Tongue Tie Information

     There is a small band of tissue (a frenulum) that connects the tongue to the floor of the mouth. It is made of collagenous fiber that does NOT stretch.  The tissues and muscles around the tie may stretch to accommodate the ties but the actual tie does NOT stretch.  It should be located in the middle of the tongue and connect to the middle of the mouth floor. The tongue is attached to 8 different muscles under the floor of the mouth. If the attachment is too far forward or too tight then the tongue cannot function properly. People often refer to this abnormality as being "tongue-tied." The technical name for tongue-tie is ankyloglossia. 


     Problems a tie can cause: Tongue-ties can cause problems with breastfeeding because the tongue is restricted in its natural wave-like movement of sucking and feeding. It can cause nipple pain, latch problems, and poor weight gain. Different problems may also occur later in life, such as eating problems, speech problems, breathing issues, and dental complications. Research shows that a tongue tie procedure is a safe and effective treatment and  helps improve breastfeeding. In our office we perform this procedure with a CO2 laser which is safer, less painful, and more complete than clipping with scissors or heating and destroying the tissue with a diode laser.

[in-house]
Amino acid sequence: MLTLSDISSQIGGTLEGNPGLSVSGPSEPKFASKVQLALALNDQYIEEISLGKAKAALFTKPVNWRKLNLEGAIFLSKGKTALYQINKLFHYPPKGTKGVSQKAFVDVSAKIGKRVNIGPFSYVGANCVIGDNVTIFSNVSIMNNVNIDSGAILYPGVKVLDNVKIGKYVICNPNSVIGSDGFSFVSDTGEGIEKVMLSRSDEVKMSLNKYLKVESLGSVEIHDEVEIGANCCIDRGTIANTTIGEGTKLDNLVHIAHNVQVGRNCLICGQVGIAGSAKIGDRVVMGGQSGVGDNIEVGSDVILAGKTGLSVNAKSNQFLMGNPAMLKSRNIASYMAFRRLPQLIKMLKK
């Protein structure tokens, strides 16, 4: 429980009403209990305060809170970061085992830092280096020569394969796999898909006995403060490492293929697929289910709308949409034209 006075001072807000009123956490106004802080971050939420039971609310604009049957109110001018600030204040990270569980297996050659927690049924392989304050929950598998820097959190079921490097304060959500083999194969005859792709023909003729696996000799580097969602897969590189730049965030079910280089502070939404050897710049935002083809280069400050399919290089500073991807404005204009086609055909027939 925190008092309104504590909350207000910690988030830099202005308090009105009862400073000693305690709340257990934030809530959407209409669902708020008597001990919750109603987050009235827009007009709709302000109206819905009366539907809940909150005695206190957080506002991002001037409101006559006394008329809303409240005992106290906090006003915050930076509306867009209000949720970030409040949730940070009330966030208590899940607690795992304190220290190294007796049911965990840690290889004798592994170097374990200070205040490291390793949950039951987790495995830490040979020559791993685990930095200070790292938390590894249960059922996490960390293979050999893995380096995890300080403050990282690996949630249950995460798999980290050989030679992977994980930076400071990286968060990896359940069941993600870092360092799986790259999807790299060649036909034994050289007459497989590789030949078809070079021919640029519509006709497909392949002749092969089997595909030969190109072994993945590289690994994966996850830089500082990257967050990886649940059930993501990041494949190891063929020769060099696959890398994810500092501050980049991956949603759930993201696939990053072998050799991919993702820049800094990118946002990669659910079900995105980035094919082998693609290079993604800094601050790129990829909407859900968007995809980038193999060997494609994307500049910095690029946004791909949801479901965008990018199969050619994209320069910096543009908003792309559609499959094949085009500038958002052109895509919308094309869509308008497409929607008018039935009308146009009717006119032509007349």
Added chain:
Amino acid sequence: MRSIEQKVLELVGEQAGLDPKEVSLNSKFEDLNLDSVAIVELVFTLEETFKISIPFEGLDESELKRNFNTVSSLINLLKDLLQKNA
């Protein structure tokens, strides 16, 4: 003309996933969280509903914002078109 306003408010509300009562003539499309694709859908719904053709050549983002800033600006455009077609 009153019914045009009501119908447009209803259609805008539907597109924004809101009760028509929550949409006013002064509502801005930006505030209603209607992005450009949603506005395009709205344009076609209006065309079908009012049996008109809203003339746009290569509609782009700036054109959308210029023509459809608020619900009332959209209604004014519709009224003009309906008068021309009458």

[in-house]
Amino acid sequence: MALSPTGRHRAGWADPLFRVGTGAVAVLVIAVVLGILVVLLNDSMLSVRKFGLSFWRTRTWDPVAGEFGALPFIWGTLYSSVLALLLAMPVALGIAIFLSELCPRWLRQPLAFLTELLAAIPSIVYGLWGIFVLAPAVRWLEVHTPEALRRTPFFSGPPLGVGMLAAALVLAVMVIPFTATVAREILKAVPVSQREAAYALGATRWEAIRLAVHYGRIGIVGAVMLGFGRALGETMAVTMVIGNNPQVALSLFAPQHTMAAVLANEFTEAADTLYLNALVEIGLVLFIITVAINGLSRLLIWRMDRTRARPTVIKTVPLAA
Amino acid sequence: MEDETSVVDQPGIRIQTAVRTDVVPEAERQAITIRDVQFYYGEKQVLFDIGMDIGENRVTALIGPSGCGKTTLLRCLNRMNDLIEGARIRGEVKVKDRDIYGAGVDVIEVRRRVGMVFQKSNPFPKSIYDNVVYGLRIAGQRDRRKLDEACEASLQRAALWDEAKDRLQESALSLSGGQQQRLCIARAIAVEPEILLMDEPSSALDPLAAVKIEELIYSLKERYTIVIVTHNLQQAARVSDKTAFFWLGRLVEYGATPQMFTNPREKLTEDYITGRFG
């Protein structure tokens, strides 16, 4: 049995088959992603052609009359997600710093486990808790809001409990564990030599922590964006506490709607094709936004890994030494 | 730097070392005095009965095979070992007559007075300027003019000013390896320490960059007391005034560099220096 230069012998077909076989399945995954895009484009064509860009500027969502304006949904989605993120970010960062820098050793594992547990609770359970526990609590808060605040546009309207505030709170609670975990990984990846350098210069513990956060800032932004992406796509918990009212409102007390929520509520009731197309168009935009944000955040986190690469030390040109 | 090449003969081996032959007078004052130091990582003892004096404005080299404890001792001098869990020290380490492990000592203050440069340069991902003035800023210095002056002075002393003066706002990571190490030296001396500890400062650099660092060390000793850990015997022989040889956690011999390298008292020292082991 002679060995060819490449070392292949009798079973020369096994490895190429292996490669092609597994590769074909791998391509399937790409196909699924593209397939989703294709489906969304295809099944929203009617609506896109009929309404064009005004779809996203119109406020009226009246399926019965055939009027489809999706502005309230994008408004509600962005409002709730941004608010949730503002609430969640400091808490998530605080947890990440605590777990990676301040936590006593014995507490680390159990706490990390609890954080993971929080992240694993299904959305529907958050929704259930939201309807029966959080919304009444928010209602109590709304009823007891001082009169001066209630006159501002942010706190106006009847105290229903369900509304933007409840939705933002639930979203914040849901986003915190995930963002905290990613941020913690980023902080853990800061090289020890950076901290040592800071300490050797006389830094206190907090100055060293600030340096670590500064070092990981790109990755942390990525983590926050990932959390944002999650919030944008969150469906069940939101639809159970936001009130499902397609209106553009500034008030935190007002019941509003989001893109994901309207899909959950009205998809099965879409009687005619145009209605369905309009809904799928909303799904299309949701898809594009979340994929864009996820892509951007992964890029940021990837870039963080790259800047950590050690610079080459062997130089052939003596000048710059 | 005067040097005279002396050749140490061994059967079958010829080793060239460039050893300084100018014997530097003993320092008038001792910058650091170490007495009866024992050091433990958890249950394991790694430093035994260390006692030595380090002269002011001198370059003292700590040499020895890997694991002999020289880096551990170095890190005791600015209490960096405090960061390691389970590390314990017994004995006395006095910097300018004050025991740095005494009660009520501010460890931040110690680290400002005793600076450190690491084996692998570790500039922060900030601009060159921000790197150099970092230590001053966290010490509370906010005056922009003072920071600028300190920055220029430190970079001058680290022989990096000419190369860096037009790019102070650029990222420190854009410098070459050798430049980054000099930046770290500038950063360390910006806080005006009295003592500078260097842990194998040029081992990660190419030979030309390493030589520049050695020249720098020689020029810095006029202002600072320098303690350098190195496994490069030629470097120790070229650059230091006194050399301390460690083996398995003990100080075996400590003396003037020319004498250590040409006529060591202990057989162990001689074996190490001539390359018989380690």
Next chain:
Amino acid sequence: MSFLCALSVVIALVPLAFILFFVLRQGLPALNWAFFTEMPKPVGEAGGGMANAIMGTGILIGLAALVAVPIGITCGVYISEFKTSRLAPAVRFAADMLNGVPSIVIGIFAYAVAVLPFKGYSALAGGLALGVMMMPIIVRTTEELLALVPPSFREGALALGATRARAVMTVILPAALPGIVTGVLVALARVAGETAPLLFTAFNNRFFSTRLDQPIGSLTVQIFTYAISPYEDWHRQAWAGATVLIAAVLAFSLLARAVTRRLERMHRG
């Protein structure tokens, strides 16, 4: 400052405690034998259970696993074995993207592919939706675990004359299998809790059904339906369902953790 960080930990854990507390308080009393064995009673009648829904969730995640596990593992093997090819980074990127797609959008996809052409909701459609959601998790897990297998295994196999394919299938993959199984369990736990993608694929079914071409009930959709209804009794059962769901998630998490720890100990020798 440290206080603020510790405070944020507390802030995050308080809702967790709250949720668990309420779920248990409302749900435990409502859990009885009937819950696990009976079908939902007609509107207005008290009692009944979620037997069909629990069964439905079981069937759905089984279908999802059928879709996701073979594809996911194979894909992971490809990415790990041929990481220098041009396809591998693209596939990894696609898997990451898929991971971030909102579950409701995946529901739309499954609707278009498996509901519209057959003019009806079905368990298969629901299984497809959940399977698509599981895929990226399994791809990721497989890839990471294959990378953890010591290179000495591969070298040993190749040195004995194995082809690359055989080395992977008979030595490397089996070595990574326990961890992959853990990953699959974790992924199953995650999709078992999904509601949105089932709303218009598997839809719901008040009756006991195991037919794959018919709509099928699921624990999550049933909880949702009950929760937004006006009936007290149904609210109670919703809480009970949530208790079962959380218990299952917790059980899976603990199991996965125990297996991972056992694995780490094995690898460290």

A frenectomy is a procedure done in a laser safe procedure room in our office. We apply a topical anesthetic, then use a cold laser to anesthetize the area. The cold laser is painless and helps control pain and aid in healing. The procedure itself is very brief and your baby can go straight to the breast afterwards in our lactation room. Many mothers feel less nipple pain and a better latch almost immediately. After the procedure, some infants may feel pain for 1-3 days which can be managed.  Although it is a minor procedure, as with any surgical intervention, it does have some risks, including but not limited to bleeding, pain, allergic reactions, temporary numbness, injury to the mouth, scarring, or reattachment.